By Adam Pryor
In the fast-paced digital age, it is often claimed that brick and mortar retail is on the brink of extinction. However, a closer look at the data reveals a different story. Contrary to popular belief, physical stores continue to hold a crucial place in the retail market. In this article, we will delve into the statistics and examples that highlight the enduring importance of brick and mortar retail, examining how companies have successfully adapted and thrived in the face of changing consumer behaviors and online competition. We will also be leaning on the expertise of Brea’s very own Director of Community Development, Jason Killebrew, for his insights on how companies can adapt to the changing retail landscape.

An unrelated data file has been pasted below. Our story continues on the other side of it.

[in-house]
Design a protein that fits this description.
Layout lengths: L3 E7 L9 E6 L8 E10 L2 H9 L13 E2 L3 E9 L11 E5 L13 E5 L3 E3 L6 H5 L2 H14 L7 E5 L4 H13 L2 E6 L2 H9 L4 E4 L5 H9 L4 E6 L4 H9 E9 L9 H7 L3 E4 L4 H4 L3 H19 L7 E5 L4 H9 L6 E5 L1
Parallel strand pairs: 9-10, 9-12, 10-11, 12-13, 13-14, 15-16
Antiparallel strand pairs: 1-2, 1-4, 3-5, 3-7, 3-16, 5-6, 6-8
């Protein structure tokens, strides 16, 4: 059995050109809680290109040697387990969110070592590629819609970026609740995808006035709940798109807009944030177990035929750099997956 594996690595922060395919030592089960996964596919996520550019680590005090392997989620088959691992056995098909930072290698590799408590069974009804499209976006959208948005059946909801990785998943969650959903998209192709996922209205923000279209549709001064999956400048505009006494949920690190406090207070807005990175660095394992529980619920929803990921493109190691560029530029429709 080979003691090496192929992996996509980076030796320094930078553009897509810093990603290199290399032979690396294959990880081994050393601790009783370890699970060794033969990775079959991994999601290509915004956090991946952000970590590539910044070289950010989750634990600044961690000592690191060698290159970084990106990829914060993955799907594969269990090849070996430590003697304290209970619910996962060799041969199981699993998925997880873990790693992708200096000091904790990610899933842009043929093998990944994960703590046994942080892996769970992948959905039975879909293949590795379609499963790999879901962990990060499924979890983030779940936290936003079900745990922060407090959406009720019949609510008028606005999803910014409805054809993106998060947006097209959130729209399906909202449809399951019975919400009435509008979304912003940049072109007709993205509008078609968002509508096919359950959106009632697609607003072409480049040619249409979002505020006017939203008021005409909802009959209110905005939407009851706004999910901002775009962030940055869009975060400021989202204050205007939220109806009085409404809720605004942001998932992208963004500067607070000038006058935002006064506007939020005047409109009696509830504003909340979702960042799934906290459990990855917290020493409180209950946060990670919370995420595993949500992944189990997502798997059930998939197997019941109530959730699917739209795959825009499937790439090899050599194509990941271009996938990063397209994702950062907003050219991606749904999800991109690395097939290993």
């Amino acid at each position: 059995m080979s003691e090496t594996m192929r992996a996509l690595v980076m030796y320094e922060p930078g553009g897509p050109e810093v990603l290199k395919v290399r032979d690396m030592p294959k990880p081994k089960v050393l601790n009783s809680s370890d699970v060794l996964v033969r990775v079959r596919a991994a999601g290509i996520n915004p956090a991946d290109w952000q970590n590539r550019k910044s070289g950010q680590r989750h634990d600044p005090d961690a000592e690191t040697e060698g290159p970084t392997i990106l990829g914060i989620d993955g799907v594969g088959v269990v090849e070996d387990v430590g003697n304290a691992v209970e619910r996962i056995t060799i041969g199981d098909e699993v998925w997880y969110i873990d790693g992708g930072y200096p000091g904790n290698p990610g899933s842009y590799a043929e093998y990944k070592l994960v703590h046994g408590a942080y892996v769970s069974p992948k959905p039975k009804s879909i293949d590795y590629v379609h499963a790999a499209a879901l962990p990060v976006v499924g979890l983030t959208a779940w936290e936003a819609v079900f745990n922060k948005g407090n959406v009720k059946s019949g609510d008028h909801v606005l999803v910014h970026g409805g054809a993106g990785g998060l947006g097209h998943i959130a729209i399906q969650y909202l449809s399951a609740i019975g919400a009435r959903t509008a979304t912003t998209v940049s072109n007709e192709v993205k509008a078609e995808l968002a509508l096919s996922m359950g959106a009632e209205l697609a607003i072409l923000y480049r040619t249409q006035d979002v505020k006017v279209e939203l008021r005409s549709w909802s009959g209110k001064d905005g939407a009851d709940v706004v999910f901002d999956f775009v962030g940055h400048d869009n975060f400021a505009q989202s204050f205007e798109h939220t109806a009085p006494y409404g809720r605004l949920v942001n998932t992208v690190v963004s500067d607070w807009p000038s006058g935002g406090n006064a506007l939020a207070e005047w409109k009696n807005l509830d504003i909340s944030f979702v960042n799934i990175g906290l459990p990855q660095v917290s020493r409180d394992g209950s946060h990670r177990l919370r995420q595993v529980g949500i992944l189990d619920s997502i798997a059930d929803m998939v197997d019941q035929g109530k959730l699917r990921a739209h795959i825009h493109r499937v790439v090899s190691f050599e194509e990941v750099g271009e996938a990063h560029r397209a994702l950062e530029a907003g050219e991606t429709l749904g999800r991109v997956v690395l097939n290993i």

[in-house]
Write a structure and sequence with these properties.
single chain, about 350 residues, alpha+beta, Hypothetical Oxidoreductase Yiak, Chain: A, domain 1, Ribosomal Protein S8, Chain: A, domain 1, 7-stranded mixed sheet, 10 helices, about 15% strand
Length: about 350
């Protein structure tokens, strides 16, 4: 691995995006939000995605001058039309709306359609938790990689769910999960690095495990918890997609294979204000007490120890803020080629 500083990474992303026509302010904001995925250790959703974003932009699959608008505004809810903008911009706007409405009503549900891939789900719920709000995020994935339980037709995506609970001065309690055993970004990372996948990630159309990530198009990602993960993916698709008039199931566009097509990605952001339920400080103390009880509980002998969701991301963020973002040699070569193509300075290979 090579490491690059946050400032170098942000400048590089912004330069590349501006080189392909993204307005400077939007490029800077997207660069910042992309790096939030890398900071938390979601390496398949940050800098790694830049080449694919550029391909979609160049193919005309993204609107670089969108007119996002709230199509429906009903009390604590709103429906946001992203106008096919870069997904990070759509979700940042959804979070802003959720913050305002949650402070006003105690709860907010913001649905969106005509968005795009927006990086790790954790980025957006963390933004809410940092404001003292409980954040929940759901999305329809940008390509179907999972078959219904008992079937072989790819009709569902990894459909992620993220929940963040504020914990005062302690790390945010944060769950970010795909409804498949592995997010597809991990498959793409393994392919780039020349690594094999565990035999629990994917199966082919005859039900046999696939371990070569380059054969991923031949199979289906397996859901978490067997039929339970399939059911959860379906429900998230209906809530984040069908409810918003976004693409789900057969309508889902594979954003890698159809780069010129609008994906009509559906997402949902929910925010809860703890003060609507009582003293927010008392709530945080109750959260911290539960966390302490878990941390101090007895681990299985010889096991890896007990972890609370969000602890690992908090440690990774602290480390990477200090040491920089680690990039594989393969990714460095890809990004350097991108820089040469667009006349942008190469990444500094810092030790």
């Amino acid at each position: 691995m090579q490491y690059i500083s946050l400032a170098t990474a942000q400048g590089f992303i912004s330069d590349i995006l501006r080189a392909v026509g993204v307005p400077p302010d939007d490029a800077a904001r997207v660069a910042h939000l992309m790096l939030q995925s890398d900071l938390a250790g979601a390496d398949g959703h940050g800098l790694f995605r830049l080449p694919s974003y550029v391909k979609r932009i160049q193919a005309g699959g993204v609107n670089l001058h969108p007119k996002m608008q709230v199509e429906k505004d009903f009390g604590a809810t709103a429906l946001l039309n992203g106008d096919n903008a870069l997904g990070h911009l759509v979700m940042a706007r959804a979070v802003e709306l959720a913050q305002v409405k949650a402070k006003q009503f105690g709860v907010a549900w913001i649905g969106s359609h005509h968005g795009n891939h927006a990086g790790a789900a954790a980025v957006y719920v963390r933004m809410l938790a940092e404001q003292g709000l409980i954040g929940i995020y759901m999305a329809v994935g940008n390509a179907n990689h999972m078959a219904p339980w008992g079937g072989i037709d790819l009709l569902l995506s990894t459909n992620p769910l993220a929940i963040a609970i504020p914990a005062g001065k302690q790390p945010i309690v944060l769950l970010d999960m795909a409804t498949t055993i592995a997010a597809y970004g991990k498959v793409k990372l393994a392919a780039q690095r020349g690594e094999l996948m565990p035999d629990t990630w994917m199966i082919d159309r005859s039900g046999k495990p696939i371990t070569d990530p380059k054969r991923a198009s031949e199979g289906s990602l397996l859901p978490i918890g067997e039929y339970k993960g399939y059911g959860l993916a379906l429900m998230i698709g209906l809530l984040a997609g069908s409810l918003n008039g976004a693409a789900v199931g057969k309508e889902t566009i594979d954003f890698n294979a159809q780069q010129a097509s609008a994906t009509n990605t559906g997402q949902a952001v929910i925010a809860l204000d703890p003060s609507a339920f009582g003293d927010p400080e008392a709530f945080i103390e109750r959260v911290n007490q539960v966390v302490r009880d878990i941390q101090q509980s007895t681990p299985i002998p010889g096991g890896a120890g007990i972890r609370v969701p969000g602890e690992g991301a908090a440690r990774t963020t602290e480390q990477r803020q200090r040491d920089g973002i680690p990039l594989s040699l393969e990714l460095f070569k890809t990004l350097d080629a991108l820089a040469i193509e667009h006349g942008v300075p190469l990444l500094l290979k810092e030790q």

We all know the advantages that e-commerce offers like convenience and a vast array of products, but it lacks the sensory and immersive experiences that physical stores can provide. According to a study published in the Journal of Strategic Marketing, “Future of brick and mortar retailing: how will it survive and thrive,” customers value the ability to touch, feel, and try products before making a purchase. In fact, 68% of consumers prefer shopping in physical stores because of the tactile experience they offer. This hands-on approach fosters customer loyalty and builds lasting brand connections which brick and mortar stores can use to generate repeat customers and build a rapport with their local communities further strengthening their own bottom line. This sentiment was echoed by Jason Killebrew, Director of Community Development: “Although e-commerce creates a more convenient shopping experience for consumers, it lacks the human interaction and knowledge of the product that is the core of brick and mortar retail existence.” Furthermore, according to a report by Small Business Trends, 90% of retail sales still occur in physical stores, demonstrating the continued significance of brick and mortar retail in driving consumer spending. Apple is a prime example of a company that has embraced the power of in-store experiences. Their sleek and interactive stores allow customers to engage with cutting-edge technology, providing a unique opportunity to explore and test products firsthand. It can be pictured as an interactive billboard of sorts because the space itself is advertising the products through the window of the store, but potential customers can go inside and check any products that may have caught their eye.